So Apollo and Hyacinthus hunted together very happily and neither of them ever thought of the wide difference between a little hunter boy and a great god of heaven.

One day, while they were resting in a shady nook, Apollo proposed to play a game of quoits. Quoits was a game of which the people of those days were very fond, — as fond as boys are nowadays of cricket and of ball. The quoits were flat circular discs about twelve inches across; they were made of iron or some other heavy substance. The players hurled their discs into the air, the object of the game being to see who could throw the quoits the farthest.

Apollo and his companion were both fond of the game, and they began to play, and were enjoying themselves very much. Apollo hurled his disc high into the air, and it shot up through the clouds, and, after a long pause, fell to the ground with a crash.

17. “He hurled his disc high into the air.”
The Discobolus (Vatican, Rome).

Then Hyacinthus, eager to show that he was as good a player as his friend, hurried forward to pick it up. But the disc had struck the ground with such force that it rebounded, and hit the thoughtless boy on the forehead.

Stunned by the blow, Hyacinthus with a little cry of pain, sank to the ground. Apollo rushed to his side, and kneeling down, tried to stanch the wound with his hand, while he tenderly caressed the lad. He was so frightened that he was almost as pale as the wounded Hyacinthus.

When he saw that he could not stop the wound from bleeding, he quickly gathered some herbs and pressed their juice between the dying boy’s lips. But it was of no use — Hyacinthus was fast sinking, his head drooping like a bruised flower, and like a flower he faded away.

Apollo’s grief was sad to see. He could not believe, at first, that the boy he loved so dearly was really dead, and he called him by name again and again. He would gladly have died for him, and he did not care to live without him; but you know the gods could never die. He lay on the ground by the side of his dead friend, and wept and moaned, so that it would have made you cry, too, if you had seen him.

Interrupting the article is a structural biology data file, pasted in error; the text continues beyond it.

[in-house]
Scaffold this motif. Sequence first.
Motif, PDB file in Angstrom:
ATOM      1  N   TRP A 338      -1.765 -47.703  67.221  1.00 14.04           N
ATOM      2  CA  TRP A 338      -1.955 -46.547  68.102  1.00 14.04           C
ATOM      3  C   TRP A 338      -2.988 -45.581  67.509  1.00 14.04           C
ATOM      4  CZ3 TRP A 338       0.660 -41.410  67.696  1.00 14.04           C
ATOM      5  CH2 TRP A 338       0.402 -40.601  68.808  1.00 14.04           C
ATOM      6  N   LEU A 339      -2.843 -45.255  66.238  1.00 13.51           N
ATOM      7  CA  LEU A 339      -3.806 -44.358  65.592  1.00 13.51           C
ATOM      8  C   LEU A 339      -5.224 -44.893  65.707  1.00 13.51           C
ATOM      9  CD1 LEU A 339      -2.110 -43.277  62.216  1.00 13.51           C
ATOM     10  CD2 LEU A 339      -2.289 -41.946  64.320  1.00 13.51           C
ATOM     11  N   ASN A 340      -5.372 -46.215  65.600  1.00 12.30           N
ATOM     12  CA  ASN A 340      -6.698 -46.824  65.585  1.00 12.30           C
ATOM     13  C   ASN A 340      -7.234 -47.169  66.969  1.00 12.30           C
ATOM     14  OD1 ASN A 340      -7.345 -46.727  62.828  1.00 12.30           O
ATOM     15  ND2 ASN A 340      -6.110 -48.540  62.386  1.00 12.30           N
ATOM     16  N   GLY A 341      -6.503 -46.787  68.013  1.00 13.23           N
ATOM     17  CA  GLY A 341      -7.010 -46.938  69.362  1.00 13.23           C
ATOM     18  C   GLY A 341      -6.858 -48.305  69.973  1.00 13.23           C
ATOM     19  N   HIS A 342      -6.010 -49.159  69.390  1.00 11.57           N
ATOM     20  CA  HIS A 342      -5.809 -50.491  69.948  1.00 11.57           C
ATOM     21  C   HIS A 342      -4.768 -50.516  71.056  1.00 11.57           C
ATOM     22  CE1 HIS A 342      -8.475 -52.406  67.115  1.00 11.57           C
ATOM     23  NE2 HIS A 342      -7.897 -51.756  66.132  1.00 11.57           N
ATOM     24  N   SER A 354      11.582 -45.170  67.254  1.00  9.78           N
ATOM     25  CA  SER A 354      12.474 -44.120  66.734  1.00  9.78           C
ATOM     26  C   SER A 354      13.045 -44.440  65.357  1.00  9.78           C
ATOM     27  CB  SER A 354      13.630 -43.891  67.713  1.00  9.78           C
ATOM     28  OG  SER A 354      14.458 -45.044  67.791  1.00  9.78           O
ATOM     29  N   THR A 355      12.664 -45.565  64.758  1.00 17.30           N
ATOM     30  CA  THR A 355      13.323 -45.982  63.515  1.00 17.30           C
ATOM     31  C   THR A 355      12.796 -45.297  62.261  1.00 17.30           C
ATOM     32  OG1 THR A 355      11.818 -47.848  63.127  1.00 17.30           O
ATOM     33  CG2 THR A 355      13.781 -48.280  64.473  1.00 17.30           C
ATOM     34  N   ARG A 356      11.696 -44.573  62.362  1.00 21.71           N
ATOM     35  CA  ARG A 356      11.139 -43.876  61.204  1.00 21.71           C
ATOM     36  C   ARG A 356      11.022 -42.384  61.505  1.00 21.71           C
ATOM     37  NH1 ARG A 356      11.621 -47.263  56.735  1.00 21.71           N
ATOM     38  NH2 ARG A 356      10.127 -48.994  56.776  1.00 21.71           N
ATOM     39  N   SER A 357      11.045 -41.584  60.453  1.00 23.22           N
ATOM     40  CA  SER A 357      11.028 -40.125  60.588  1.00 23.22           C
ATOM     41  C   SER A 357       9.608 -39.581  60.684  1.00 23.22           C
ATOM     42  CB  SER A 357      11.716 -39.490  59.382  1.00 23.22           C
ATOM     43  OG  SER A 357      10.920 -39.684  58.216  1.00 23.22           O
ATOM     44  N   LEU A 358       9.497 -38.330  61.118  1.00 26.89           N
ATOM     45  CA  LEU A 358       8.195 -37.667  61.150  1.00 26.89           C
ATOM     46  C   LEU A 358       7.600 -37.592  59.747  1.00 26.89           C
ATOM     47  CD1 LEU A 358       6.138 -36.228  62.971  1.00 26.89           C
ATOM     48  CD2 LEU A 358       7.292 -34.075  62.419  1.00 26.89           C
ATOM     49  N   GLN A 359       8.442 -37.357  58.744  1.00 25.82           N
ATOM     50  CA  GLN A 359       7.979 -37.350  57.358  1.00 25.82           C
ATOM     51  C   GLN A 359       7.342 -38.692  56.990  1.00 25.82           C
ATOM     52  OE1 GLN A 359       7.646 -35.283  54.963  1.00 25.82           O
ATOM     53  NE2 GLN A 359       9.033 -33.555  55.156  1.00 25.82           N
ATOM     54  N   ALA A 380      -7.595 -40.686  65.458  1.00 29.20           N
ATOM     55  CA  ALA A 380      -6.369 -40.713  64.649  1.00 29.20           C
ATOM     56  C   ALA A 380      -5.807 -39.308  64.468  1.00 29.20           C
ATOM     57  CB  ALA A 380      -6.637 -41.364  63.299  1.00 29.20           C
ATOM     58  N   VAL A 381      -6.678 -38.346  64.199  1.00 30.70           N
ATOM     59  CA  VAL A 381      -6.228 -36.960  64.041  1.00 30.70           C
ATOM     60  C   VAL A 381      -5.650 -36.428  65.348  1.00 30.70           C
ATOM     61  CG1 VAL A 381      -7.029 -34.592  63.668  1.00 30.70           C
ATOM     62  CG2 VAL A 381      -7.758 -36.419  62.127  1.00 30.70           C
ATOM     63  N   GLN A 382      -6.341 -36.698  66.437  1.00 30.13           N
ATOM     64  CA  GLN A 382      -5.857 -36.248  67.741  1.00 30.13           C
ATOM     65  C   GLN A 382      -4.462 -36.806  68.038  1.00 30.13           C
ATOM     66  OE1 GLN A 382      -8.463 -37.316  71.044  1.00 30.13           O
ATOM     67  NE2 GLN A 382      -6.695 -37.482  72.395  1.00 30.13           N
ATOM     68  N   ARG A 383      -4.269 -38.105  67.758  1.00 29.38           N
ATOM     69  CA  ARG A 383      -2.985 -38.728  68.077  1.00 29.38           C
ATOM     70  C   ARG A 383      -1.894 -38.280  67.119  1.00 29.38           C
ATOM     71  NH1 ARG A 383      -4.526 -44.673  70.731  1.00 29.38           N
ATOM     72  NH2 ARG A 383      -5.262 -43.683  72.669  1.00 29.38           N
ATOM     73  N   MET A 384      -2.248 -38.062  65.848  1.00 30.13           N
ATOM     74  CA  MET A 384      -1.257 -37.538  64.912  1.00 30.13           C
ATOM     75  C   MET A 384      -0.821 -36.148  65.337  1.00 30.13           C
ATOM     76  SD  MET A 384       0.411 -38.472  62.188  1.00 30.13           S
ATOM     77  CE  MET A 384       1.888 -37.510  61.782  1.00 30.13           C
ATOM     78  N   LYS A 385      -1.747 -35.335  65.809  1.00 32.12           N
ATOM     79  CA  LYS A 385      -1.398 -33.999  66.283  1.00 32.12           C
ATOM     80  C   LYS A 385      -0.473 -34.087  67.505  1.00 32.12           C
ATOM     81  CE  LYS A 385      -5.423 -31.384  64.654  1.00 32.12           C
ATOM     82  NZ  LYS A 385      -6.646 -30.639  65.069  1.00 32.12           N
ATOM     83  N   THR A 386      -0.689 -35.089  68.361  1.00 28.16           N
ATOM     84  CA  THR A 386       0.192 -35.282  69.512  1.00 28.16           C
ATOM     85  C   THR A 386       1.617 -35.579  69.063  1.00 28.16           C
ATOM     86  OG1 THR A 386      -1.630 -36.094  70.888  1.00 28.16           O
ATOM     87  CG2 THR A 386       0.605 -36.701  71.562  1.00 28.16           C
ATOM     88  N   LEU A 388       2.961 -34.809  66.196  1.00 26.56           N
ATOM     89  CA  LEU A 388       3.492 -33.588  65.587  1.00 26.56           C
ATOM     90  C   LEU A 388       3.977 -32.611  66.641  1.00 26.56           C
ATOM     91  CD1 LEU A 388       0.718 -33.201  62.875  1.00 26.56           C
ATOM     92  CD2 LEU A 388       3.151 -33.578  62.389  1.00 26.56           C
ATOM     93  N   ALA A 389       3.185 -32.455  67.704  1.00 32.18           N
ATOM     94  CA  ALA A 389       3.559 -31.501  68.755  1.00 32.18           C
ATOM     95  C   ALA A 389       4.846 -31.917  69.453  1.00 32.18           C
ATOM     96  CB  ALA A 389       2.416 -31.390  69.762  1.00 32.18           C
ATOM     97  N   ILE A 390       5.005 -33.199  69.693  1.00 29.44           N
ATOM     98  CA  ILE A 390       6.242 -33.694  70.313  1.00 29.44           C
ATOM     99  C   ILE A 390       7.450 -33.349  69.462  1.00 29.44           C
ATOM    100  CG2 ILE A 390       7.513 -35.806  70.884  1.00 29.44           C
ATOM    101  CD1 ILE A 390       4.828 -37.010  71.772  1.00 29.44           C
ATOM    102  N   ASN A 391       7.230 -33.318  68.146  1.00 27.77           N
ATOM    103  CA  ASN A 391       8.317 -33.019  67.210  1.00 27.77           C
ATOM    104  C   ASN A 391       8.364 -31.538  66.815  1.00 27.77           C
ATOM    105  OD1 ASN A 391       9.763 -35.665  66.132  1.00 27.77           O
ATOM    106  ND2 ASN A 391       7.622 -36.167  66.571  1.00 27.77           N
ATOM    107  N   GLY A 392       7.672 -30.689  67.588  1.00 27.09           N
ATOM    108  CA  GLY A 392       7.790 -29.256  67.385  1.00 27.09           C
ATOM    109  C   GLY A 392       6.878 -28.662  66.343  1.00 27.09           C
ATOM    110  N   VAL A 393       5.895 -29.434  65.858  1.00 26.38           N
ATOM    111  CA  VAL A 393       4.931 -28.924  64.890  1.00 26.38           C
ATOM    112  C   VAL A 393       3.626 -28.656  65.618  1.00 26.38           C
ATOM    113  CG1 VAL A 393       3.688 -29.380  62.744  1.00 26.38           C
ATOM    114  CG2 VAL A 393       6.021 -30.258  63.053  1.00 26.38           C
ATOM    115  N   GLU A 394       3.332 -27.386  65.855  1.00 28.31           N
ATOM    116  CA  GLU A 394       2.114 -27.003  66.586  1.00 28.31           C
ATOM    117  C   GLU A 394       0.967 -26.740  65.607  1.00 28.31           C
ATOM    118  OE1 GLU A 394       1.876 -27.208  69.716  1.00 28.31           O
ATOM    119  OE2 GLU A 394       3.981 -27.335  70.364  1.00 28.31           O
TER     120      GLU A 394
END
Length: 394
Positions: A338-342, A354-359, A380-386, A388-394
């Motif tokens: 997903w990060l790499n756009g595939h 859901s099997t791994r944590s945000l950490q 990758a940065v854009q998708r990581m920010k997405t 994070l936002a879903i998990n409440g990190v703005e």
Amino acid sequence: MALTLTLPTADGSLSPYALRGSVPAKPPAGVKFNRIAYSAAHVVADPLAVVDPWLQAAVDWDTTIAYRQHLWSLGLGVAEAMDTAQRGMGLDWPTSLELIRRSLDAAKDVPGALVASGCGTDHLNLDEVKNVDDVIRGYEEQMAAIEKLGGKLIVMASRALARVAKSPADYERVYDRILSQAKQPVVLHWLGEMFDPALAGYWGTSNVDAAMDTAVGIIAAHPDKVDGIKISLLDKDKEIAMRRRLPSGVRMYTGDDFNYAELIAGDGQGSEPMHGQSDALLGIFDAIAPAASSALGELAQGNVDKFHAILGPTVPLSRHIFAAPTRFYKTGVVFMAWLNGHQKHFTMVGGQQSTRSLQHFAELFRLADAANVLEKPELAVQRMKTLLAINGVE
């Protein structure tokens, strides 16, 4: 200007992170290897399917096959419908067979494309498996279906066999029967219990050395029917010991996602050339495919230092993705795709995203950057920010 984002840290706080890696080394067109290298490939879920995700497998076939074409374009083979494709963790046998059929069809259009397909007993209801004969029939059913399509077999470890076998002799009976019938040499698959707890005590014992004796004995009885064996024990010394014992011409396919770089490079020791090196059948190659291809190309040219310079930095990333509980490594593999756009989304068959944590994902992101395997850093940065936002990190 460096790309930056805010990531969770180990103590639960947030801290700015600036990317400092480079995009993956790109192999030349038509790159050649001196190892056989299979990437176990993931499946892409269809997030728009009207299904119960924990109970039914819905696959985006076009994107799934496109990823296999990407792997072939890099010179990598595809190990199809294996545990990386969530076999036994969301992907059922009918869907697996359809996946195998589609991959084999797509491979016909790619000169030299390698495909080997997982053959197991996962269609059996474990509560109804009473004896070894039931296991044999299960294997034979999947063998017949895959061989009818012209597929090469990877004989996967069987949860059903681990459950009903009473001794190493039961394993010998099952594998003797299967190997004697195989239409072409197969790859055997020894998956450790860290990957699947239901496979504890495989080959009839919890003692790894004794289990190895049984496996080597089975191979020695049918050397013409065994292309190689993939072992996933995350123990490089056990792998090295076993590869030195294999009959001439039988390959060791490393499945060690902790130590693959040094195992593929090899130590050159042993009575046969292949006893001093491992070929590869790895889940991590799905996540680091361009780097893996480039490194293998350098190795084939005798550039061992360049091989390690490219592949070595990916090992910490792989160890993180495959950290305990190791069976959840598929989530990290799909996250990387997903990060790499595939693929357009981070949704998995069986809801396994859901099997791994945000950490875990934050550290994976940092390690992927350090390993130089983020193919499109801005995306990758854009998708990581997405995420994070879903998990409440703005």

Then, at last, he seized his lyre, for now that Hyacinthus was gone, he turned to this old friend for comfort. And he sang a song of love and mourning for the boy, so sadly beautiful that all the birds in the forest were hushed, and even the wind in the tree tops seemed to sigh in sympathy.

When he had finished, he stooped down and tenderly touched the boy’s forehead with his hand; in an instant the lifeless body vanished, and in its stead had sprung up a lovely, purple blossom. It was almost the color of the blood that had flowed from the boy’s forehead.

And since that day, so long ago, the beautiful purple hyacinth comes with the first breath of spring, to remind us of the story of the great god of the sun and the little lad whom he loved so dearly.


To a Friend

Green be the turf above thee,
    Friend of my better days!
None knew thee but to love thee,
    Nor named thee but to praise.

Tears fell, when thou wert dying,
    From eyes unused to weep,
And long, where thou art lying,
    Will tears the cold turf steep.

When hearts, whose truth was proven,
    Like thine, are laid in earth,
There should a wreath be woven
    To tell the world their worth.
Fitz-Greene Halleck.

A Wonderful Sculptor §

In the blue Mediterranean Sea, which washes the southern shore of Europe, there is a green island called Cyprus. Once there lived on this island a great sculptor, named Pygmalion, who spent his days in carving statues from shapeless blocks of marble.